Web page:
Women over 70 could be getting overdiagnosed for breast cancer, a new study finds.

Researchers looked at 54,635 women who had breast cancer screenings after the age of 70. Among them, 31% of women aged 70 to 74 years who received a breast cancer diagnosis via screening were potentially overdiagnosed. In women 75 to 84 years old, about 47% had been potentially overdiagnosed. Women who were 85 and older were most likely to receive an overdiagnosis, as 54% were diagnosed.  

“Overdiagnosis refers to this phenomenon where we find breast cancers on screening that never would have become clinically apparent,” Ilana Richman, MD the lead author of the study and an assistant professor of medicine at the Yale School of Medicine, explained to CNN.

“The breast cancers are real, true cancers under the microscope, but they would have laid dormant in a person’s body and never caused symptoms,” she added. “We wouldn’t have known about that had we not gone looking.”

One issue the authors say they didn’t see were reductions in deaths from breast cancer due to screening. Doctors should consider the prospect of overdiagnosis when they order screening tests, and look at benefits as well, Richman commented.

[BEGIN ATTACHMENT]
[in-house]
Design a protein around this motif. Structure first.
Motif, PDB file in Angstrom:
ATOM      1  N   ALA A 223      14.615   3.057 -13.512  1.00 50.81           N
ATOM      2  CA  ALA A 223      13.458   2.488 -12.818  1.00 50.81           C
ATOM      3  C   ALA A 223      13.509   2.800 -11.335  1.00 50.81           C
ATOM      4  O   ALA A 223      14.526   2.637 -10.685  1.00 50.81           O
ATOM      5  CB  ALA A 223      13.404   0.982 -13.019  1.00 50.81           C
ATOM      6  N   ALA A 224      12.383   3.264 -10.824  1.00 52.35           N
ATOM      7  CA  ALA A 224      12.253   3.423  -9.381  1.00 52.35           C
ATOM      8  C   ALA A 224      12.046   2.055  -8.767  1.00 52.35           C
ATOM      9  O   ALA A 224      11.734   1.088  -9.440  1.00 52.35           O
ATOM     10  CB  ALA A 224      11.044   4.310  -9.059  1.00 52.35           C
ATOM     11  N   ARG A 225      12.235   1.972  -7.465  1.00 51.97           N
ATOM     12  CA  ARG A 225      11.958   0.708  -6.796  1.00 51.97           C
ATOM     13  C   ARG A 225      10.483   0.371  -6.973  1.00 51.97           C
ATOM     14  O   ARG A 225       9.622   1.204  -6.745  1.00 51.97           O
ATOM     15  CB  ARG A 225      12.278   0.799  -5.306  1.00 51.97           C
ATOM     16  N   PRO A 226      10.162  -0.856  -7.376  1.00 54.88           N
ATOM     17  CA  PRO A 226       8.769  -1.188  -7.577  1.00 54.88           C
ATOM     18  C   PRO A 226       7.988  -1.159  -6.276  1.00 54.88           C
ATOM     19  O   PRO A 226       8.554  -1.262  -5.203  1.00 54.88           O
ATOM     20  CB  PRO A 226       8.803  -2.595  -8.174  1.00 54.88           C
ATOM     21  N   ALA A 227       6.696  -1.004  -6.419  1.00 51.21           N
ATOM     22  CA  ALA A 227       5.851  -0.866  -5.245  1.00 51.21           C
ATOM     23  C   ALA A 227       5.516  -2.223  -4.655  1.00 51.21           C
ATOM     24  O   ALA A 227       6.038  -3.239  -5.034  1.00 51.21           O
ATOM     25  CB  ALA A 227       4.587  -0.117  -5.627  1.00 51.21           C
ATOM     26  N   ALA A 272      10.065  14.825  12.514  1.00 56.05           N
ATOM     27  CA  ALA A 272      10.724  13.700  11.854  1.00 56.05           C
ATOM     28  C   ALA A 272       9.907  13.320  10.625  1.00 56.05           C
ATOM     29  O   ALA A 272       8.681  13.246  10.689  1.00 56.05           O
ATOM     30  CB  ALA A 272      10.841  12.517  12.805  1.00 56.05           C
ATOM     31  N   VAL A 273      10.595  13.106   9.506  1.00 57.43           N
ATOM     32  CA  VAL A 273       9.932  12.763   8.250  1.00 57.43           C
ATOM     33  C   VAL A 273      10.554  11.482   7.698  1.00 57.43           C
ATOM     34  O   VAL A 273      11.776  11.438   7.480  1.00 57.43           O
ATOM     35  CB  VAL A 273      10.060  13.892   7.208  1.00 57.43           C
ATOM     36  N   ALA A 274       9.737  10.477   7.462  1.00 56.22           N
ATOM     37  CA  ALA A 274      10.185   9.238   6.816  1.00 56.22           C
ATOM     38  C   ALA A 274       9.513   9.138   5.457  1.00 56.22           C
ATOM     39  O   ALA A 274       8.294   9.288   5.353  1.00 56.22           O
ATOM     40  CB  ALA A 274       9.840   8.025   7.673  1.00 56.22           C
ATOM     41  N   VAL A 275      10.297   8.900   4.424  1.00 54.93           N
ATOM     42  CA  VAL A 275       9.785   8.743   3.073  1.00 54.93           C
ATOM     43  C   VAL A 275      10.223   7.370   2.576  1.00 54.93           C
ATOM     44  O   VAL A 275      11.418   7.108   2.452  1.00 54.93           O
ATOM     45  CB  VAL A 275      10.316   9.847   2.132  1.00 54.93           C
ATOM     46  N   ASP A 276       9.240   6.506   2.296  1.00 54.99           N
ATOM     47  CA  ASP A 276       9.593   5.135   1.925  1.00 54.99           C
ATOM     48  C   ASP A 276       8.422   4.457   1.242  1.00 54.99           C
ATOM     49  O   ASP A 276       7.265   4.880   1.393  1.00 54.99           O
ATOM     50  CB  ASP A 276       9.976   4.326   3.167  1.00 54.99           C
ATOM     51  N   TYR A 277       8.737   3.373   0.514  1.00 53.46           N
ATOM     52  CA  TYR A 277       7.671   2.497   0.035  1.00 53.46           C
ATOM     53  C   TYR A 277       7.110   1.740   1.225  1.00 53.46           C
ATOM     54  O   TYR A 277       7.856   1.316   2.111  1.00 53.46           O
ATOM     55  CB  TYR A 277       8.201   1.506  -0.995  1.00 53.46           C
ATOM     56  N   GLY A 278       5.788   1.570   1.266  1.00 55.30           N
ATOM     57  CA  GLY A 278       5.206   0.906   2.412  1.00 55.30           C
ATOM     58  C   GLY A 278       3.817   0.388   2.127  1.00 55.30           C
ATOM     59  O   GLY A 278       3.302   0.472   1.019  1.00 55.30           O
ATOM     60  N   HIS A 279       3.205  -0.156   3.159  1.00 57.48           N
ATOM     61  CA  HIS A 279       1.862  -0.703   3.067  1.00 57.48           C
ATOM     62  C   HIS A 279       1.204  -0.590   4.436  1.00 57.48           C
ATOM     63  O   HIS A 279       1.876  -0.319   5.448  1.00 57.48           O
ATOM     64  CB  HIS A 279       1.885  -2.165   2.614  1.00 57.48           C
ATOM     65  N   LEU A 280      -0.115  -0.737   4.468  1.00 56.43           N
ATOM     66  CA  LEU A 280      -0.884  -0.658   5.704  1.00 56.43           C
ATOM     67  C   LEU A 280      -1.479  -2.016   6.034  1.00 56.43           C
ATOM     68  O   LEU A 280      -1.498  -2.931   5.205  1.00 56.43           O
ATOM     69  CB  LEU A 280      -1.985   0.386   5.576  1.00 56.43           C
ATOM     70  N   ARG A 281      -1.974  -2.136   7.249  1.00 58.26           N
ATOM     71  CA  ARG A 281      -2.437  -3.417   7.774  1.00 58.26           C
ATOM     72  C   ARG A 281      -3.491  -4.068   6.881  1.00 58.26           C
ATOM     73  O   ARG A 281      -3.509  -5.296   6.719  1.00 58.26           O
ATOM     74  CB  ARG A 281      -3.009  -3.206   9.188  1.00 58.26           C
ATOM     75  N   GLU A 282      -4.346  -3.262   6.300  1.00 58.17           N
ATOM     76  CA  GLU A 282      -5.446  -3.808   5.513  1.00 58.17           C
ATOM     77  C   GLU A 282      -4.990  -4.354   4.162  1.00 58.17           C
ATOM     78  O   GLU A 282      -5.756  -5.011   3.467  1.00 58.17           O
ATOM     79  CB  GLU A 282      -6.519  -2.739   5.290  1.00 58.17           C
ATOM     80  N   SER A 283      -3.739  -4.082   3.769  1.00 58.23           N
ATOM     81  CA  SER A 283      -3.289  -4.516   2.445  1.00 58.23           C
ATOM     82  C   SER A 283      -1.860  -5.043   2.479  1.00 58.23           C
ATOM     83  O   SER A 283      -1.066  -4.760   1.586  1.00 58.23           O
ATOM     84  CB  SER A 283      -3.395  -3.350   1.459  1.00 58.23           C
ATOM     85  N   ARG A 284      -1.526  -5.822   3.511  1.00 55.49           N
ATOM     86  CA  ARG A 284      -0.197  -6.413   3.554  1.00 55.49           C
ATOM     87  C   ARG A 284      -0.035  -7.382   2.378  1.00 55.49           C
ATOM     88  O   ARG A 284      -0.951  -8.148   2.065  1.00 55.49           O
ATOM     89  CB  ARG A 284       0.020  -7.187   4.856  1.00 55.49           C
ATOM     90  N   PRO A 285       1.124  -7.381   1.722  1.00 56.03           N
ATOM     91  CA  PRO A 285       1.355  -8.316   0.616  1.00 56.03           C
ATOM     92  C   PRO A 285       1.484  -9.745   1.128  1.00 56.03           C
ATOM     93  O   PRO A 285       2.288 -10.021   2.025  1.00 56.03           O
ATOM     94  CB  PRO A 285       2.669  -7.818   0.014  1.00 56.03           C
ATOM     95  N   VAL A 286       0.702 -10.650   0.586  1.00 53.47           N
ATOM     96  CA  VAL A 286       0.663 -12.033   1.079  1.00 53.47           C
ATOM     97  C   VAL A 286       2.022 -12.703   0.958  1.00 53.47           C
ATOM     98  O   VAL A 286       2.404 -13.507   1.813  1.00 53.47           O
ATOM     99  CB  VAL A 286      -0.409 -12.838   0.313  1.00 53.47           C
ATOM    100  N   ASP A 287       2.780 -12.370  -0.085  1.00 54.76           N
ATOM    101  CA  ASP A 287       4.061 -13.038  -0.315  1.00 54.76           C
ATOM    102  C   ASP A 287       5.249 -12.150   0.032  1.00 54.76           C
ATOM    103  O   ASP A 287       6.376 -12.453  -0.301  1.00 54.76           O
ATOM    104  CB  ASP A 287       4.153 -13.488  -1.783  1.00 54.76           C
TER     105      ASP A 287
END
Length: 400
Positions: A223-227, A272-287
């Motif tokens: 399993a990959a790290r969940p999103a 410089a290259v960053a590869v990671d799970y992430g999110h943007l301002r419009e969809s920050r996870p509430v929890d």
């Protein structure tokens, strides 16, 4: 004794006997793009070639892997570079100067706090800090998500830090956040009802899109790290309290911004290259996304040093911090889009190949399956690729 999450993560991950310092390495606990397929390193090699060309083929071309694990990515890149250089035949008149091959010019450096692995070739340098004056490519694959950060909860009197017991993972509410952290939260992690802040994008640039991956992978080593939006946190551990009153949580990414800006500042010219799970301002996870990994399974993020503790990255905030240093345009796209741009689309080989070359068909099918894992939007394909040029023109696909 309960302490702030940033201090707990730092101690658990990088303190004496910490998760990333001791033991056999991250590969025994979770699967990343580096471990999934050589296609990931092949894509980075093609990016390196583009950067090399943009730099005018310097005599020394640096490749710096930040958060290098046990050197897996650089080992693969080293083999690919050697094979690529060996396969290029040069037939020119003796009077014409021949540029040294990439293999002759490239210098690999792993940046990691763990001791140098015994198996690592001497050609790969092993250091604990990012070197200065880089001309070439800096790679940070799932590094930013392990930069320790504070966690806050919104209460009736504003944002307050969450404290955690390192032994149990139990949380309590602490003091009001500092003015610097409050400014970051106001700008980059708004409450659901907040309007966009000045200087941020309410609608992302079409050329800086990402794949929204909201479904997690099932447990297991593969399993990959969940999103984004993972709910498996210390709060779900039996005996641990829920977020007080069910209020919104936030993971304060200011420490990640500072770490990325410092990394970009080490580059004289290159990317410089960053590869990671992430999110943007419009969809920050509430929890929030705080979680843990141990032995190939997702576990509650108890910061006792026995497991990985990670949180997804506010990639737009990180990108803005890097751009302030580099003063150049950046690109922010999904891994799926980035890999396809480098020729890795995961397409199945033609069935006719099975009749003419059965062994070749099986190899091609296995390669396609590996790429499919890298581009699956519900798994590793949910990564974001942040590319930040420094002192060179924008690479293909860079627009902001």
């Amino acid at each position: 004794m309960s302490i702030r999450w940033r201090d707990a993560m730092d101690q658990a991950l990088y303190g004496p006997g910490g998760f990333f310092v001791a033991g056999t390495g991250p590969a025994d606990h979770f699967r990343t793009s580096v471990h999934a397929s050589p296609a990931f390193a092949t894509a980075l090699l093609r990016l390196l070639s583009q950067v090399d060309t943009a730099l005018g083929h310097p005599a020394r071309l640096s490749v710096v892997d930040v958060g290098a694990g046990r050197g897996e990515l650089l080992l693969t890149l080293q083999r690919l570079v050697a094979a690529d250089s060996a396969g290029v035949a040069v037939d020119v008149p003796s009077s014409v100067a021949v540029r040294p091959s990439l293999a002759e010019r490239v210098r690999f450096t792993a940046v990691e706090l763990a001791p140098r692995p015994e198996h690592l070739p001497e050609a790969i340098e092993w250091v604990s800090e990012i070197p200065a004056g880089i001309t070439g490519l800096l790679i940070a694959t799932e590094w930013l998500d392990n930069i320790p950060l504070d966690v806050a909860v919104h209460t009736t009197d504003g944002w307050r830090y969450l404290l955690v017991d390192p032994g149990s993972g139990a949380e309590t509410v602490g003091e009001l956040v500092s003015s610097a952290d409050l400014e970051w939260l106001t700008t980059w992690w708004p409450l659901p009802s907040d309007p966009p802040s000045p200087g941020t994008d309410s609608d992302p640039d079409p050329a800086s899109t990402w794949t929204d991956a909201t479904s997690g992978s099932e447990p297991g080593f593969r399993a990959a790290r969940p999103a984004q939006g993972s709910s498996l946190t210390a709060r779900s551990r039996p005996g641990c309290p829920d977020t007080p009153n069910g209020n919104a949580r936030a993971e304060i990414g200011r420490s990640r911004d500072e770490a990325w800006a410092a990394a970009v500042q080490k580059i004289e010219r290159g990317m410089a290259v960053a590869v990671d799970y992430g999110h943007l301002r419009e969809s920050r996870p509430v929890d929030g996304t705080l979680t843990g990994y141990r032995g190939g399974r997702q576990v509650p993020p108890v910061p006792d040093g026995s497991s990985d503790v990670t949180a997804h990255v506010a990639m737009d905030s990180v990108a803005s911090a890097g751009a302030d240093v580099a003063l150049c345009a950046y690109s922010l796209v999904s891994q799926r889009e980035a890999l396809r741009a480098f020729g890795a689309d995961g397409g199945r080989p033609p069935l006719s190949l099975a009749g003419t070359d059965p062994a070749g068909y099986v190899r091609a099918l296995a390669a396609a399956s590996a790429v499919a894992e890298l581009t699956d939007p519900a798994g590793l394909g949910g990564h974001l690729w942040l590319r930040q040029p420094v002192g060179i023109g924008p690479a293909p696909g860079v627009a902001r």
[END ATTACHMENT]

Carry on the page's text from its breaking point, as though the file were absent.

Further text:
Women are supposed to start breast cancer screenings when they’re 40. The US Preventive Services Task Force recently called for more research on whether or not to screen women over the age of 75 for breast cancer.

“For women who are getting into the upper age range or women who have lots of other serious medical conditions that are also taking up a lot of time and deserve attention, it’s unlikely that mammography is going to be the thing that is most beneficial to that person’s health,” Richman said.

The study is published in Annals of Internal Medicine.